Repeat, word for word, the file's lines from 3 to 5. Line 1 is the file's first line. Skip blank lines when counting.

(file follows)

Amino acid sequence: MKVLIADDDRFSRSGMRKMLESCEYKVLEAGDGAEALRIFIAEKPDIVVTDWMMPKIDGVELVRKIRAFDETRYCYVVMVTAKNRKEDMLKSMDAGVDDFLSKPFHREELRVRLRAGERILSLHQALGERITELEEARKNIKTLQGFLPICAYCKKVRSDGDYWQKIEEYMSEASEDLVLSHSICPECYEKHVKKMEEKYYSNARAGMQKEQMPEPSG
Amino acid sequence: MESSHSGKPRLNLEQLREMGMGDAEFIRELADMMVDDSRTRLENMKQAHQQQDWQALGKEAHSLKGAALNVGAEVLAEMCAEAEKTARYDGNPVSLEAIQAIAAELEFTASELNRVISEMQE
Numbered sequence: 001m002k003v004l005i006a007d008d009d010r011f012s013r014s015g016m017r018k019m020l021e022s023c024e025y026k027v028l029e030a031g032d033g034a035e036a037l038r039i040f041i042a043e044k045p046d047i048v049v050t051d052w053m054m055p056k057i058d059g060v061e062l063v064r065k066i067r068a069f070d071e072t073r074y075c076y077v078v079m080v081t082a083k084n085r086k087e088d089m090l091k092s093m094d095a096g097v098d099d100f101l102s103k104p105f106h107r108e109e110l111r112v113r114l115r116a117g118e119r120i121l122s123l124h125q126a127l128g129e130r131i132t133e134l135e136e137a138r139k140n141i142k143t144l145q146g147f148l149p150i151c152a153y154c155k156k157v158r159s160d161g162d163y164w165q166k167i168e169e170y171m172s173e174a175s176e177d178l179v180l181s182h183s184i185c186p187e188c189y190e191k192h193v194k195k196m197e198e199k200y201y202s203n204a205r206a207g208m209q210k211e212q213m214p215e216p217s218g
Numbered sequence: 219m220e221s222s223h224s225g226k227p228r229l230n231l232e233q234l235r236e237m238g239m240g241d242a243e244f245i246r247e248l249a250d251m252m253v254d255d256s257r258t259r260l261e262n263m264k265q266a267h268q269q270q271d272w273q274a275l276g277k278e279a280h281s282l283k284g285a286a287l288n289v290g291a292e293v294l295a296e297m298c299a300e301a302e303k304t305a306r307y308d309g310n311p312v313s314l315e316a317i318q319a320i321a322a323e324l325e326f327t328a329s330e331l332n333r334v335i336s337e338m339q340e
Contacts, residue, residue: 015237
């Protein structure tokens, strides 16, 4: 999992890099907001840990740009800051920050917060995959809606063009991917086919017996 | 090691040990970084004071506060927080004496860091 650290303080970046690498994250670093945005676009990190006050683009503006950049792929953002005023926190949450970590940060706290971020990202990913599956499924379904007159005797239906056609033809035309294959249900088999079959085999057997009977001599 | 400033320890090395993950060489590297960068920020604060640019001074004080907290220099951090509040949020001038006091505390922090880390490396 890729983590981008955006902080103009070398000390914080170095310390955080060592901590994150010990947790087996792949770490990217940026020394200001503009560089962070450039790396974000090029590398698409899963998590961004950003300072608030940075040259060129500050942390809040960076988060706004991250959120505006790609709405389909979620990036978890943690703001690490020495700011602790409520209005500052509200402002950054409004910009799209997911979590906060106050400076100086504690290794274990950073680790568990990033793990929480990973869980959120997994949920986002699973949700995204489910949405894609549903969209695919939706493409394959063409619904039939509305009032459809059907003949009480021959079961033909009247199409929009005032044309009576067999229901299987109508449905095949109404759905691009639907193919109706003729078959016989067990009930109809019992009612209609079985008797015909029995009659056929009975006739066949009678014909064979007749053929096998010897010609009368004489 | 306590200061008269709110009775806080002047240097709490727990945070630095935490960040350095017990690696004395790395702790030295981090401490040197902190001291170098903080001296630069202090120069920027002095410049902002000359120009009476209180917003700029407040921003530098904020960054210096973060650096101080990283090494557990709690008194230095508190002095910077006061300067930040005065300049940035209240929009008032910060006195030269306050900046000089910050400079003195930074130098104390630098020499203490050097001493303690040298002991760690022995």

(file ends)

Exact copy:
Numbered sequence: 001m002k003v004l005i006a007d008d009d010r011f012s013r014s015g016m017r018k019m020l021e022s023c024e025y026k027v028l029e030a031g032d033g034a035e036a037l038r039i040f041i042a043e044k045p046d047i048v049v050t051d052w053m054m055p056k057i058d059g060v061e062l063v064r065k066i067r068a069f070d071e072t073r074y075c076y077v078v079m080v081t082a083k084n085r086k087e088d089m090l091k092s093m094d095a096g097v098d099d100f101l102s103k104p105f106h107r108e109e110l111r112v113r114l115r116a117g118e119r120i121l122s123l124h125q126a127l128g129e130r131i132t133e134l135e136e137a138r139k140n141i142k143t144l145q146g147f148l149p150i151c152a153y154c155k156k157v158r159s160d161g162d163y164w165q166k167i168e169e170y171m172s173e174a175s176e177d178l179v180l181s182h183s184i185c186p187e188c189y190e191k192h193v194k195k196m197e198e199k200y201y202s203n204a205r206a207g208m209q210k211e212q213m214p215e216p217s218g
Numbered sequence: 219m220e221s222s223h224s225g226k227p228r229l230n231l232e233q234l235r236e237m238g239m240g241d242a243e244f245i246r247e248l249a250d251m252m253v254d255d256s257r258t259r260l261e262n263m264k265q266a267h268q269q270q271d272w273q274a275l276g277k278e279a280h281s282l283k284g285a286a287l288n289v290g291a292e293v294l295a296e297m298c299a300e301a302e303k304t305a306r307y308d309g310n311p312v313s314l315e316a317i318q319a320i321a322a323e324l325e326f327t328a329s330e331l332n333r334v335i336s337e338m339q340e
Contacts, residue, residue: 015237